The reform proposed is to treat corporations as partnerships are treated. The income of the corporation will be taxed as income to the shareholders just as the income of a partnership is considered the income of its partners.

Doing away with the corporate income tax will be of great benefit to the American worker by making American corporations more competitive in international trade and lower prices domestically. The tax burden on the shareholders is not a cost of doing business. Under the rules applicable to international trade, corporate income taxes because they are not a cost of production cannot be rebated to exporters. By contrast,  value-added or sales taxes common to all of Aneruica’s trade partners can be rebated under international trade rules.

But one may argue, the shareholder pays an even greater tax since his rate of tax on the earnings on his share of corporate earnings exceeds the former corporate income tax. However, his liability to tax does not enter into corporate decisions as the current corporate income tax does.

How would a unitary income or consumption tax be administered? Just as in the case of  the taxation of partnerships, the earnings of the corporation will be imputed to the partners whether they are distributed or not. Of course if they pass their earnings on to the shareholders as a dividend, the shareholders will have no problem paying their income tax liability. It may be argued that corporations reinvest their undistributed profits which is something to be encouraged not discouraged. By taxing corporate income to their shareholders, corporate managers would be under pressure to distribute sufficient earnings to enable shareholders to pay their tax liability.

This is one of the reasons that we would prefer that savings be exempted from the personal income tax, which would convert the progressive income tax to a progressive tax on consumption. The corporation which has undistributed profits could then  credit shareholders with shares of stock. By exempting savings, the resulting tax can be converted into a progressive consumption tax.

At present, corporations have an incentive to create capital gains for their shareholders by buying back their own shares. There would be no benefit in doing so if the corporate and personal income taxes were integrated. When corporations reinvest their earnings profitably, it creates capital gains. The increased income which created the gain is taxed under the corporate income tax and under our proposal will be taxed under the progressive consumption tax if shareholders realize the capital gain and do not reinvest the proceeds.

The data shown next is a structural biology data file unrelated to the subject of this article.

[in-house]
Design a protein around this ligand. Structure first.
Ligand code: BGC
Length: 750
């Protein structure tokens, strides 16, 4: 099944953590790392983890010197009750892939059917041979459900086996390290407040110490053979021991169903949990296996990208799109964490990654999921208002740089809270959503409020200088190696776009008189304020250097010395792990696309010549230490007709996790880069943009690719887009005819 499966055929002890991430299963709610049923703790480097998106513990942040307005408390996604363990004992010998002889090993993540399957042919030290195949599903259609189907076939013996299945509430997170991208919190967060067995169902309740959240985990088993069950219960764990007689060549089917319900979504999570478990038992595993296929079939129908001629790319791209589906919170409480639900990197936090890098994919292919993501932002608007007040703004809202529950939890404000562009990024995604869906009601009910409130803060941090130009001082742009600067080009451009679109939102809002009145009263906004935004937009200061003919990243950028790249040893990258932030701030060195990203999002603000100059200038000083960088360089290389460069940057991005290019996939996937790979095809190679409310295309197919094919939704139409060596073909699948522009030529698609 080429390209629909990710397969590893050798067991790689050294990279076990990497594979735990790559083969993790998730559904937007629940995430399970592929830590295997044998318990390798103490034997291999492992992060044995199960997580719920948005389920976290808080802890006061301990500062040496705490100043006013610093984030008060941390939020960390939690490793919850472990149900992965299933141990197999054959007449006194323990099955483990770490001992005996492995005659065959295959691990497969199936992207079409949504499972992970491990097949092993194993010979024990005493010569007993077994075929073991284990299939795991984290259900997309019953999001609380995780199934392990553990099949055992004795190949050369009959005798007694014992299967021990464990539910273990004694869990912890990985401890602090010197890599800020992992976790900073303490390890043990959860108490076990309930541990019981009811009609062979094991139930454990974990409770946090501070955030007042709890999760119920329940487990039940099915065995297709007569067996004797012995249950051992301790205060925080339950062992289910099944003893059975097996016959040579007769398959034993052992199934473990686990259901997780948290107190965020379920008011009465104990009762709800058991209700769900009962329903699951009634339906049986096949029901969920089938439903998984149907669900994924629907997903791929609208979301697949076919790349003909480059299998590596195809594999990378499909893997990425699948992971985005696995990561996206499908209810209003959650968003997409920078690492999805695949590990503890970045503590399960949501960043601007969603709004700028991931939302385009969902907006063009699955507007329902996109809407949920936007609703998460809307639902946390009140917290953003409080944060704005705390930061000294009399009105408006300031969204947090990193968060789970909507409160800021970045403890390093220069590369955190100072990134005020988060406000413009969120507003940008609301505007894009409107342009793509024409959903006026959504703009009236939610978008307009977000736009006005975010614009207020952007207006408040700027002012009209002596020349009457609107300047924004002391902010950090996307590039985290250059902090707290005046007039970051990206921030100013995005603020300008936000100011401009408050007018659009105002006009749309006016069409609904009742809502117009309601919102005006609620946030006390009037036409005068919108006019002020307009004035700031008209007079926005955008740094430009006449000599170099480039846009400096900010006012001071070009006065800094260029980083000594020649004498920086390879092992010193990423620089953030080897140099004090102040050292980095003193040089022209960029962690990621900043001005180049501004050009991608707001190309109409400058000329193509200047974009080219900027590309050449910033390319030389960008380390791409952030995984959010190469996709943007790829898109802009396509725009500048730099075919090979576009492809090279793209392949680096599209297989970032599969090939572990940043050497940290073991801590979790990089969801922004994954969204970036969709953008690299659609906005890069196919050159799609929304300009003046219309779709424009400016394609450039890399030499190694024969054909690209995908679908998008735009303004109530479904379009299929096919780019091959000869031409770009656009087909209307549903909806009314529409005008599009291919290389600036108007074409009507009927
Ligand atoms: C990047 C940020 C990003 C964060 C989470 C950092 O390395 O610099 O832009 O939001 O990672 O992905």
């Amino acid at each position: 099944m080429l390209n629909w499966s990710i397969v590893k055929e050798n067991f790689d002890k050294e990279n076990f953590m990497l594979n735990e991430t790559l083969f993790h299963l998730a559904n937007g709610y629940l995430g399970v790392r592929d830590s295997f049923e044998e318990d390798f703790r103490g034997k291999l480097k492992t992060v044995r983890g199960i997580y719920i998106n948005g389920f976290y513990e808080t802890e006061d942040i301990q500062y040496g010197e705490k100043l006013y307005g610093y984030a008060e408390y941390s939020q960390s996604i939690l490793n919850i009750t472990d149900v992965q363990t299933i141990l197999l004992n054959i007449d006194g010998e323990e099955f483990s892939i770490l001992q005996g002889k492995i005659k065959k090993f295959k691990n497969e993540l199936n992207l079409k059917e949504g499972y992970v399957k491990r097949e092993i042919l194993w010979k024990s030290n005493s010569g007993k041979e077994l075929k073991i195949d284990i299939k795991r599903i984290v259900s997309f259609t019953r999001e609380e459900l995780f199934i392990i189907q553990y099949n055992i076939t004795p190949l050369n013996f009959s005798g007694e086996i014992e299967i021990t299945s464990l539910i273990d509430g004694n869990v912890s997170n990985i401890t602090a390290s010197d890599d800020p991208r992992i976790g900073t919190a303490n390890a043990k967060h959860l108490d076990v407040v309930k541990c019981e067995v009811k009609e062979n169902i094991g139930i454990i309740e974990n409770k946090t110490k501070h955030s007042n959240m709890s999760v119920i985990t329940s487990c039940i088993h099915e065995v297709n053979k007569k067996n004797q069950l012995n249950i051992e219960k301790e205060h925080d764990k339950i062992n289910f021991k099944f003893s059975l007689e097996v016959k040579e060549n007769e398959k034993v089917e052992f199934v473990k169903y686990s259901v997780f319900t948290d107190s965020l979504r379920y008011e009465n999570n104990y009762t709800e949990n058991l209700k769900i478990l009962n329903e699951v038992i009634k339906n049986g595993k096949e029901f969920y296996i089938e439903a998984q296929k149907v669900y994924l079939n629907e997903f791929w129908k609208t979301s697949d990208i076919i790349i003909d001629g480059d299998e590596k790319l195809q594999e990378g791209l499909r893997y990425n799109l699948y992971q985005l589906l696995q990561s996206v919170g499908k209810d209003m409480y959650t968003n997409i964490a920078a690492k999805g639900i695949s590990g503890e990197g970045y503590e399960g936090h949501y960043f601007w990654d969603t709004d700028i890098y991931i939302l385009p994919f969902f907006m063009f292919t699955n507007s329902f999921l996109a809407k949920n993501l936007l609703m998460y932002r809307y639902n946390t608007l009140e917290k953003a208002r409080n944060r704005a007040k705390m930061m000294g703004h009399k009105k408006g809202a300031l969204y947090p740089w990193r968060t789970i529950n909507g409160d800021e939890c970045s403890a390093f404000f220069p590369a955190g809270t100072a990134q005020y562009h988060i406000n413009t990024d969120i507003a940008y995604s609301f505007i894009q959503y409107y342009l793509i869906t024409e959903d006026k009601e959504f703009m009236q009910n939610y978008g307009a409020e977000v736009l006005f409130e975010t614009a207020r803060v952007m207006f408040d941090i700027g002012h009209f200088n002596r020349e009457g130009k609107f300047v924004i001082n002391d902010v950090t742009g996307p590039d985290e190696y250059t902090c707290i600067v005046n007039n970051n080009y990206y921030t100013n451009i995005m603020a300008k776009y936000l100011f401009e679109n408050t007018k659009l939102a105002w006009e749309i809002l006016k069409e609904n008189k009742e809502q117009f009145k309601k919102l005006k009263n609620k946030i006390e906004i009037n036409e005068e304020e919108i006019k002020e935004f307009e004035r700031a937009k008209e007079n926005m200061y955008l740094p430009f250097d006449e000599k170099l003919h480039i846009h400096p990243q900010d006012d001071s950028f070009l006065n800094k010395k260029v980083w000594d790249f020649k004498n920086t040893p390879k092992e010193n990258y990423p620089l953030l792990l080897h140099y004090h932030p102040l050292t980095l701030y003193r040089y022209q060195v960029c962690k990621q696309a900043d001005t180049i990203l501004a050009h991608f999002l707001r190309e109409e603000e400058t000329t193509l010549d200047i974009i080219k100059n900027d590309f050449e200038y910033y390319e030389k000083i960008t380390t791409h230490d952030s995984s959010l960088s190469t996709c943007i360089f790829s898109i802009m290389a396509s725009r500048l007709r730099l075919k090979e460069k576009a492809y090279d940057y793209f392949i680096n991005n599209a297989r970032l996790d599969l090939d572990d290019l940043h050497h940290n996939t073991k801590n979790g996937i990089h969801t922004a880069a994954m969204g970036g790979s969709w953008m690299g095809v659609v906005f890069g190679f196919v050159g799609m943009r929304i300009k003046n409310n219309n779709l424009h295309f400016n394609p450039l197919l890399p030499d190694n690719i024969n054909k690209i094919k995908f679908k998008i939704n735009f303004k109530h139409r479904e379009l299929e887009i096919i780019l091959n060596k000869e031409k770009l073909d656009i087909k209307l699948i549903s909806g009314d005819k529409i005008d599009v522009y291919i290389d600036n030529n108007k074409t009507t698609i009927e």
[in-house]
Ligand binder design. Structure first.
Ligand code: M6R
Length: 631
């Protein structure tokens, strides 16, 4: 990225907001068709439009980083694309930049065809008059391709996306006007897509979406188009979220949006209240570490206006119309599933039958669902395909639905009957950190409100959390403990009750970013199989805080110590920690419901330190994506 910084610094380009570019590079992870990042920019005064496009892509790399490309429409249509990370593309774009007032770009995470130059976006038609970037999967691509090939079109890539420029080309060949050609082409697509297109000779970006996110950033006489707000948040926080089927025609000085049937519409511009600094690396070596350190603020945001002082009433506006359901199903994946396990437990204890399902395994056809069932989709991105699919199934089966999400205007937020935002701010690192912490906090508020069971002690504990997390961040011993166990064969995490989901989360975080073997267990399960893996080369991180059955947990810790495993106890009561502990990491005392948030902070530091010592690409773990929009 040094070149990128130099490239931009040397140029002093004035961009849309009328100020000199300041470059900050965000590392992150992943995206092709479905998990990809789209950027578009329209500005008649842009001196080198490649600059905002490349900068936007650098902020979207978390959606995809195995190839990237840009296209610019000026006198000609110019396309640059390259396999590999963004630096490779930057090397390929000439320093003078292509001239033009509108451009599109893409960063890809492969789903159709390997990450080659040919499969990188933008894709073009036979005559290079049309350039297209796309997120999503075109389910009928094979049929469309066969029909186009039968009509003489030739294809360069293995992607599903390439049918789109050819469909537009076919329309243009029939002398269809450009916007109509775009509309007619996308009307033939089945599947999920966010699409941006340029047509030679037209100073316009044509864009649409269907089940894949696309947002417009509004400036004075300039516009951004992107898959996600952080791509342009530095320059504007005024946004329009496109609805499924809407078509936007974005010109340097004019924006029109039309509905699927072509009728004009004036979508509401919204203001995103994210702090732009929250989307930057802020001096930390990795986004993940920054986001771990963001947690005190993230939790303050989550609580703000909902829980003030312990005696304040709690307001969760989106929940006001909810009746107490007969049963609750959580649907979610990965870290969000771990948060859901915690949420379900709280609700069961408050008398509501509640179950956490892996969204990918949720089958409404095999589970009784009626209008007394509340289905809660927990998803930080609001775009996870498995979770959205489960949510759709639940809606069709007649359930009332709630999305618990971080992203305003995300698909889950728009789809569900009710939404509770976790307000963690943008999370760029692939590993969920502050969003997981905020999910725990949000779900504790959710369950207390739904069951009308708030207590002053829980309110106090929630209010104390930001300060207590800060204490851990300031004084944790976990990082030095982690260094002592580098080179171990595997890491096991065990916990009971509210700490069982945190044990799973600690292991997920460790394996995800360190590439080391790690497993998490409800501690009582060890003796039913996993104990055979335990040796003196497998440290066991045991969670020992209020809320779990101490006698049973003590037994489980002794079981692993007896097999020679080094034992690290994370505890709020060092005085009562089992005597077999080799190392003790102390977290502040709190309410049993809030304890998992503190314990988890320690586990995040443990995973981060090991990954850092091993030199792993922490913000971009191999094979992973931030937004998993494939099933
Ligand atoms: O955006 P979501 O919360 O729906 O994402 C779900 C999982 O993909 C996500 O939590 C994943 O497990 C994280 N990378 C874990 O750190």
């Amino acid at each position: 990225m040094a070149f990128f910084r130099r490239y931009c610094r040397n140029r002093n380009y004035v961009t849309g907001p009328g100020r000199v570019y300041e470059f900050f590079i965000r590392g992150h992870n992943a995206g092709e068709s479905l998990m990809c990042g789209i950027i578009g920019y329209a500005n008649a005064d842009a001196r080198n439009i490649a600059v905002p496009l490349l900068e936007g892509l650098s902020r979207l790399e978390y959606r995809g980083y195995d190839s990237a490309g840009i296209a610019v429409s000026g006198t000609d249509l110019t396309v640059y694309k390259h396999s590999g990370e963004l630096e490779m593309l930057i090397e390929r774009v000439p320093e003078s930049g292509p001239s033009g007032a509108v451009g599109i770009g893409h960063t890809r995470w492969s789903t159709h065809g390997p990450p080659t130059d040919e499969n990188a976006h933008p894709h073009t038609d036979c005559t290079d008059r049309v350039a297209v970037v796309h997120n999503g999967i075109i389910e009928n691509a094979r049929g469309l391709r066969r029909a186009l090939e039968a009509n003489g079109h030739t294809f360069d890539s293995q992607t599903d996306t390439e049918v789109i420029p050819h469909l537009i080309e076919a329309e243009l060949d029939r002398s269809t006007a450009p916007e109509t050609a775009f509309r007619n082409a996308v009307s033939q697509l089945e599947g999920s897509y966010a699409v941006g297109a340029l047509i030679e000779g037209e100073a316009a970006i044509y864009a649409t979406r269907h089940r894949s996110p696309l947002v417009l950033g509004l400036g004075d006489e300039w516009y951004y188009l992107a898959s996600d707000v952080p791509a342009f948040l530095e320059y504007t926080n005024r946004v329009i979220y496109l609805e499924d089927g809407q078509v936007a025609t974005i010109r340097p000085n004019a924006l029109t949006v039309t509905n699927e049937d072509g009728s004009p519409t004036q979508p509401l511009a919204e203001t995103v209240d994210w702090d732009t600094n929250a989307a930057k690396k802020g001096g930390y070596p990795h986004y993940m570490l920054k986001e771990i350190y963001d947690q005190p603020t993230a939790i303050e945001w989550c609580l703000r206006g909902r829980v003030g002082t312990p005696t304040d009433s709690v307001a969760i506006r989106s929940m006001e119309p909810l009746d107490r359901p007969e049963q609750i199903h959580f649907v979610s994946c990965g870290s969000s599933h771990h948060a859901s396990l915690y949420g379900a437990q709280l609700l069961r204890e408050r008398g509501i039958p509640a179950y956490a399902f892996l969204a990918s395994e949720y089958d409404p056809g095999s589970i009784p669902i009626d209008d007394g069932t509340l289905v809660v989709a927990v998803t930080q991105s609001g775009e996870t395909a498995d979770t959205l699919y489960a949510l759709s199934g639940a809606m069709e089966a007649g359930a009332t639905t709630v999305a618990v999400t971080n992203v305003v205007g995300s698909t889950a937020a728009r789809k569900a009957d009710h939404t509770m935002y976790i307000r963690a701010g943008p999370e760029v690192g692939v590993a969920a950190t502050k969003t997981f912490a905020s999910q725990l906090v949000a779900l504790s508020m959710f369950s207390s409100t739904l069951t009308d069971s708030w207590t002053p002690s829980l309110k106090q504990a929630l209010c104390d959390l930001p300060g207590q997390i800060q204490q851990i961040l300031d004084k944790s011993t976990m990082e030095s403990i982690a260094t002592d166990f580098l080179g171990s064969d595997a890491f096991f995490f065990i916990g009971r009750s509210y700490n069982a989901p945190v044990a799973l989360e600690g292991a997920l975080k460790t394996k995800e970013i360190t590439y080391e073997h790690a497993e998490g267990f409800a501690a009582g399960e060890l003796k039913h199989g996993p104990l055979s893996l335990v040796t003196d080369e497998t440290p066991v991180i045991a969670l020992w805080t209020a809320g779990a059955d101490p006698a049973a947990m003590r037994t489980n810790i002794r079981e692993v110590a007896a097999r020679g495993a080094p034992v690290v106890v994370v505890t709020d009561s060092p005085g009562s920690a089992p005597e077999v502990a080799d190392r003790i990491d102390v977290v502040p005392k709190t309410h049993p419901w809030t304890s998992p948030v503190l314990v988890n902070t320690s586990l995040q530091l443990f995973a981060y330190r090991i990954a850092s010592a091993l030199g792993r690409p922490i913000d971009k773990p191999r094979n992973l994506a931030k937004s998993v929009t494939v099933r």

There are great economic benefits that will result from the partnership treatment of corporate income and even greater if we convert both the corporate income and personal income tax to a progressive consumption tax by exempting savings from taxation. It would stimulate private investment and spur economic growth; it would simplify the tax system; it would end the multitude of wasteful practices caused by attempts to avoid taxes and convert ordinary income into capital gains. 

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    Wikipedia:

  • [An] extensive argument for balanced trade, and a program to achieve balanced trade is presented in Trading Away Our Future, by Raymond Richman, Howard Richman and Jesse Richman. “A minimum standard for ensuring that trade does benefit all is that trade should be relatively in balance.” [Balanced Trade entry]

    Journal of Economic Literature:

  • [Trading Away Our Future] Examines the costs and benefits of U.S. trade and tax policies. Discusses why trade deficits matter; root of the trade deficit; the “ostrich” and “eagles” attitudes; how to balance trade; taxation of capital gains; the real estate tax; the corporate income tax; solving the low savings problem; how to protect one’s assets; and a program for a strong America....

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  • In Trading Away Our Future   Richman ... advocates the immediate adoption of a set of public policy proposal designed to reduce the trade deficit and increase domestic savings.... the set of public policy proposals is a wake-up call... [February 17, 2009 review by T.H. Cate]